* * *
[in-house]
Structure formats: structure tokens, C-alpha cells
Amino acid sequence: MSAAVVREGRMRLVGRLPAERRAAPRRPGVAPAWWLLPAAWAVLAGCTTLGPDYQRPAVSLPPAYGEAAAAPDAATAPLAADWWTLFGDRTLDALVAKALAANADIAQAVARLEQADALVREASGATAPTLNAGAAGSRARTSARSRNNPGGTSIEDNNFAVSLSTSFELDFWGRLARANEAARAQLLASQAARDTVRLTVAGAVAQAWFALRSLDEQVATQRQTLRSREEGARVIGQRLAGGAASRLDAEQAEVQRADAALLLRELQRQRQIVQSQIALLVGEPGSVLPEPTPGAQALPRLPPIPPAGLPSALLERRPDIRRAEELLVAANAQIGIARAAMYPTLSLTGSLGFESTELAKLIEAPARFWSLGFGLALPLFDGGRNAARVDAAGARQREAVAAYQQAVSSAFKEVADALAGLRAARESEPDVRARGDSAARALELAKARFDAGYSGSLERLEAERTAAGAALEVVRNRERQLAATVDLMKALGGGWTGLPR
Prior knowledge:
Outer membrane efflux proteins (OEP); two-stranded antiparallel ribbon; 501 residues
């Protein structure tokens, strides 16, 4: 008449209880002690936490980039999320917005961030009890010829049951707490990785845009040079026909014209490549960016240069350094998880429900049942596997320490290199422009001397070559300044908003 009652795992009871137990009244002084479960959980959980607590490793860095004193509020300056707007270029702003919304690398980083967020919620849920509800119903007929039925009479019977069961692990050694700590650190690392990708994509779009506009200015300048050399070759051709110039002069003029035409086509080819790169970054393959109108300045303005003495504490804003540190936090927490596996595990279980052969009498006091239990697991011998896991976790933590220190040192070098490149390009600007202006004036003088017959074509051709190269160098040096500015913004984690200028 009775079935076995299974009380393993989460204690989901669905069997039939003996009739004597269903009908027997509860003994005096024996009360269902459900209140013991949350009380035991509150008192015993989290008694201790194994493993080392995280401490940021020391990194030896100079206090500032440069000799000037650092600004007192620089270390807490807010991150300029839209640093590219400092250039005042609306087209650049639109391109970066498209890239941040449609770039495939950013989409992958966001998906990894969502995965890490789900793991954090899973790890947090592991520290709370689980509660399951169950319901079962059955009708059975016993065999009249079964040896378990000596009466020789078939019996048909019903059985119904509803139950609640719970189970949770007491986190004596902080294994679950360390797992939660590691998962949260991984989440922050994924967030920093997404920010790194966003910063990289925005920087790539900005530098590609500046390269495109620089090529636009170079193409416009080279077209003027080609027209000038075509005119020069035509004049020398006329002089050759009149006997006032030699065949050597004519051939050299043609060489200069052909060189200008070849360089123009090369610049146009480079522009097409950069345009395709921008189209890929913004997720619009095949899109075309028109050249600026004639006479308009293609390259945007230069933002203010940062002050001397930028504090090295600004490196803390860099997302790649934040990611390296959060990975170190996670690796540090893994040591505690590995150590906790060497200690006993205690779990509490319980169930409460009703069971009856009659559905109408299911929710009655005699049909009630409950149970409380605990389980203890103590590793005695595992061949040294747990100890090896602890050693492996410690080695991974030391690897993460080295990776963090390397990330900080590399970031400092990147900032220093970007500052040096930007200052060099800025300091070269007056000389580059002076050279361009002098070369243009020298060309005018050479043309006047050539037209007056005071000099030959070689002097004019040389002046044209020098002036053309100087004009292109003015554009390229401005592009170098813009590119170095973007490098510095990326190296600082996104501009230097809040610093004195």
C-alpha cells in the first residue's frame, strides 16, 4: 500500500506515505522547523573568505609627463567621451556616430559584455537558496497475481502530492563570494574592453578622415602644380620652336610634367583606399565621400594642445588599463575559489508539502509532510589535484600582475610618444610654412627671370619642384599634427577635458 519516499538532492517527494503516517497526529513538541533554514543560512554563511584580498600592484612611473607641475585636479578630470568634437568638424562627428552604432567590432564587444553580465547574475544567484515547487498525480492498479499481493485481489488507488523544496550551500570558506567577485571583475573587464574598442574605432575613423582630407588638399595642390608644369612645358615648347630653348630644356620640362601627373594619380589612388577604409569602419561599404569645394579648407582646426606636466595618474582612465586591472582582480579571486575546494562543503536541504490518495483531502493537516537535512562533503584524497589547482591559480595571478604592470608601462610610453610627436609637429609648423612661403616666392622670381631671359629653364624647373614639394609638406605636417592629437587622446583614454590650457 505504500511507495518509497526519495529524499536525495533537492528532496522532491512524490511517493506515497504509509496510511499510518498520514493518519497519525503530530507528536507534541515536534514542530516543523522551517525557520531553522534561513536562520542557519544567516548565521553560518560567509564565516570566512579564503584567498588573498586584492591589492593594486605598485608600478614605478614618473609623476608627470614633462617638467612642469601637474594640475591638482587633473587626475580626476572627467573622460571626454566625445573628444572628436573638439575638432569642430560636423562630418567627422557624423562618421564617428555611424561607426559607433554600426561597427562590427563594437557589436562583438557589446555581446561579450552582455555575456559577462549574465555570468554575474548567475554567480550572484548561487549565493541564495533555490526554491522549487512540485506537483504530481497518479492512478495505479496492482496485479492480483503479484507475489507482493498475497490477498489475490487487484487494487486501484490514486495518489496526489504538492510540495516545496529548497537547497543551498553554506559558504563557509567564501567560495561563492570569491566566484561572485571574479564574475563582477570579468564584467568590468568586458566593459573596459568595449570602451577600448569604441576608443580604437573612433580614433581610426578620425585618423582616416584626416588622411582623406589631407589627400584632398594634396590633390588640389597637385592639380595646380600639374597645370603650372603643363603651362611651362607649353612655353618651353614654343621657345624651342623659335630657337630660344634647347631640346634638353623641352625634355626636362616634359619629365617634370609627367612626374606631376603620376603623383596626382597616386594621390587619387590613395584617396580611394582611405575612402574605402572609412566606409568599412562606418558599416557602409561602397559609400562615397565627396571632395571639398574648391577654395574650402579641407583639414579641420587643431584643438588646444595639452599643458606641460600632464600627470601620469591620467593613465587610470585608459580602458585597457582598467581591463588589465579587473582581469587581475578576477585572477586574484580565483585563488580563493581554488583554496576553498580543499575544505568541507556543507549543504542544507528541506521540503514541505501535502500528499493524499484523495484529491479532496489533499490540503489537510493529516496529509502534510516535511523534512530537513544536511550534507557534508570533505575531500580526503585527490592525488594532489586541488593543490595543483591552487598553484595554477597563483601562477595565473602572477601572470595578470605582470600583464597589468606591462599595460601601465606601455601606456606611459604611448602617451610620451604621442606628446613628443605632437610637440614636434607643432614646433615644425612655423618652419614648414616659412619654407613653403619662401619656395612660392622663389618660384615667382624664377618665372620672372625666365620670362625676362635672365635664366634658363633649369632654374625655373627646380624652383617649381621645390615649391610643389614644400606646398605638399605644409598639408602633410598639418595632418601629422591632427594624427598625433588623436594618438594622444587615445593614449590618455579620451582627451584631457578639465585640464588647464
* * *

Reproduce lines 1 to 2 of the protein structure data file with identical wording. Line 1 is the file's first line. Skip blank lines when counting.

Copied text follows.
[in-house]
Structure formats: structure tokens, C-alpha cells